Thickness of sheet metal used in ductwork.

### Energy and Hydraulic Grade Line

The hydraulic grade line and the energy line are graphical presentations of the Bernoulli equation.

### Energy Equation - Pressure Loss vs. Head Loss

Calculate pressure loss - or head loss - in ducts, pipes or tubes.

### Energy Equation - Pressure Loss vs. Head Loss

Calculate pressure loss - or head loss - in ducts, pipes or tubes.

### Fluid Flow - Hydraulic Diameter

Calculate hydraulic diameter for pipes and ducts.

### Hot Water Systems - Equivalent Length vs. Fittings Resistance

Equivalent length of fittings like bends, returns, tees and valves in hot water heating systems - equivalent length in feet and meter.

### Lined Pipes - Pressure Loss vs. Water Flow

Pressure drop diagrams for PTFE, PP, PFA and PVDF lined pipes.

### Mechanical Energy Equation vs. Bernoulli Equation

The Mechanical Energy Equation compared to the Extended Bernoulli Equation.

### Moody Diagram

Calculate fluid flow friction coefficients from a Moody diagram.

### Pipe and Tube System Components - Minor (Dynamic) Loss Coefficients

Minor loss coefficients for components used in pipe and tube systems.

Static pressure graphical presentation throughout a fluid flow system.

### Reynolds Number

Introduction and definition of the dimensionless Reynolds Number - online calculators.

### Roughness & Surface Coefficients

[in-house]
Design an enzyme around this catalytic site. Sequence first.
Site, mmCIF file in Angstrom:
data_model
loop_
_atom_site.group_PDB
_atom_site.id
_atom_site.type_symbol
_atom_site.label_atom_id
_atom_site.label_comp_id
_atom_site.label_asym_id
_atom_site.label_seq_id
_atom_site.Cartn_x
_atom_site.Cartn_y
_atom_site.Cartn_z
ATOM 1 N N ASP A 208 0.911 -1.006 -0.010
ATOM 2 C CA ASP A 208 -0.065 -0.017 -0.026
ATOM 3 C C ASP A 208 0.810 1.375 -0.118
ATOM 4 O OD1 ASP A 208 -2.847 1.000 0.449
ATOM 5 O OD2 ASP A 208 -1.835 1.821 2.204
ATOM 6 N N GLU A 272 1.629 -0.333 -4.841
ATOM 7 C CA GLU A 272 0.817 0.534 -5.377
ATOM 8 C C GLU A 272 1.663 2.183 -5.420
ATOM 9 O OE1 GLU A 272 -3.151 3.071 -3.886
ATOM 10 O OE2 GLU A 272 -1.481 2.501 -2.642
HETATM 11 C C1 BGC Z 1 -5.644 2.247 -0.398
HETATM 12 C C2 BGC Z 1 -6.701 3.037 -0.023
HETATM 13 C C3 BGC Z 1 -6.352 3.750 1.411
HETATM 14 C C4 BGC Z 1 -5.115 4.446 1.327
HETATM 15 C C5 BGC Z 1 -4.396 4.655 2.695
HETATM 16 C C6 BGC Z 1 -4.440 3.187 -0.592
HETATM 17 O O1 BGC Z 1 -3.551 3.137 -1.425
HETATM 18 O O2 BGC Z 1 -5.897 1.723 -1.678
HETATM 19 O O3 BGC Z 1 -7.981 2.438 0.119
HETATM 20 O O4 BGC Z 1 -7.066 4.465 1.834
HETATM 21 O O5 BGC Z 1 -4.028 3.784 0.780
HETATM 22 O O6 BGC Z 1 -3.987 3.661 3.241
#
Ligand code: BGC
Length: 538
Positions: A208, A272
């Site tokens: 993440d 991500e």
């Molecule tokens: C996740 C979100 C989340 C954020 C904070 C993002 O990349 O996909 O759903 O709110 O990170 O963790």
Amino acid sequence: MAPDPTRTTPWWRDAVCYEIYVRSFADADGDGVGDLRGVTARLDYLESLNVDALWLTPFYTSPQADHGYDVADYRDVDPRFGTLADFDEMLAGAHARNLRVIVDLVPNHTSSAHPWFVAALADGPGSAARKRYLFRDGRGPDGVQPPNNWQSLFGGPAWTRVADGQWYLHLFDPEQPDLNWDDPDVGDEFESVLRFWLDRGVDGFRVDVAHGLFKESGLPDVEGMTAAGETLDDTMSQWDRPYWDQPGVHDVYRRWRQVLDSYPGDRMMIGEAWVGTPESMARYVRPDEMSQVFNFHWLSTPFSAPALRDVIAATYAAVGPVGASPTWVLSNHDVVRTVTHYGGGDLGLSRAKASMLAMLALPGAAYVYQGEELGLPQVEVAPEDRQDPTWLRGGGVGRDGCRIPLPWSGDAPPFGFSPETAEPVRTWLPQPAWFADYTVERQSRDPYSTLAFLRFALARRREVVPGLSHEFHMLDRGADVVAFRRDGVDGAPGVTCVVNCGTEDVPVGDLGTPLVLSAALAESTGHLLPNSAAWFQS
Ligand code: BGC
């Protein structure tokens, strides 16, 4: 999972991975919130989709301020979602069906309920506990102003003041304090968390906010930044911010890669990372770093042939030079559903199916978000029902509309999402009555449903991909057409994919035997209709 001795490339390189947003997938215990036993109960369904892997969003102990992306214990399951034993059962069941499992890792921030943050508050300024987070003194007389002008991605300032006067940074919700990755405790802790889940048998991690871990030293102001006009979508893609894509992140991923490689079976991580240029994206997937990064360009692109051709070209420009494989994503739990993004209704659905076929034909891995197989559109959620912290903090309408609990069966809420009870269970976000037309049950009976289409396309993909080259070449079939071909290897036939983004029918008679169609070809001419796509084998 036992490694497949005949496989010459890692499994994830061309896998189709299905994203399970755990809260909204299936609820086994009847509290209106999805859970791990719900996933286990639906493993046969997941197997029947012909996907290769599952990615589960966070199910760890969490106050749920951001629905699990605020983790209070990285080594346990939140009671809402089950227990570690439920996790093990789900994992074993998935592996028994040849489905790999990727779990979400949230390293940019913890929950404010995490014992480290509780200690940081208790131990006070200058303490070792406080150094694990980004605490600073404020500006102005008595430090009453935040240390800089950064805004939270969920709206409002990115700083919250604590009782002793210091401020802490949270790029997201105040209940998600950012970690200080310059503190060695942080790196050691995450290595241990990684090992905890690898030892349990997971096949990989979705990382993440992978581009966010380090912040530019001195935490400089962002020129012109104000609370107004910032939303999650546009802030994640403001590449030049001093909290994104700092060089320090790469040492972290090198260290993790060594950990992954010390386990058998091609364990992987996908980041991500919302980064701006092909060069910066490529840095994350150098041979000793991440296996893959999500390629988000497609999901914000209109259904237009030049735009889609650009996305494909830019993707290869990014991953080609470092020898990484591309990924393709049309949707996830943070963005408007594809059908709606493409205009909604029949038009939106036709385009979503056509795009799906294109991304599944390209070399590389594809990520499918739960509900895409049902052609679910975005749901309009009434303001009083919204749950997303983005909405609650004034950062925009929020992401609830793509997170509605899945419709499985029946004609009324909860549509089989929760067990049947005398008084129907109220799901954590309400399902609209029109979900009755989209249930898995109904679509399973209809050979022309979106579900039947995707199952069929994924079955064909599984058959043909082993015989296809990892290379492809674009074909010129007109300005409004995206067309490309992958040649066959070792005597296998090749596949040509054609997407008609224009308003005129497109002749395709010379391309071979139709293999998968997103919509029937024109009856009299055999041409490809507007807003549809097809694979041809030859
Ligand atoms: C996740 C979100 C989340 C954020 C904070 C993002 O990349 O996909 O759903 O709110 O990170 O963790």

Surface coefficients that can be used to calculate friction and major pressure loss for fluid flow with surfaces like concrete, galvanized steel, corroded steel and more.

### Steel Pipes - Maximum Water Flow Capacities vs. Size

Maximum water flow capacities in steel pipes - pipe dimensions ranging 2 - 24 inches.

### Steel Pipes Schedule 40 - Pressure Loss

Water flow and pressure loss in schedule 40 steel pipes - Imperial and SI units - gallons per minute, liters per second and cubic meters per hour.

### System Curve and Pump Performance Curve

Utilize the system curve and the pump performance curve to select the proper pump for a particular application.

### Velocity Classification of Ventilation Ducts

Recommended air velocities in ventilation ducts

### Ventilation Ducts - Minor Loss Resistance

Minor pressure or head loss in ventilation ducts vs. air velocity - minor loss coefficient diagram.

### Viscosity - Absolute (Dynamic) vs. Kinematic

Vicosity is a fluid's resistance to flow and can be valued as dynamic (absolute) or kinematic.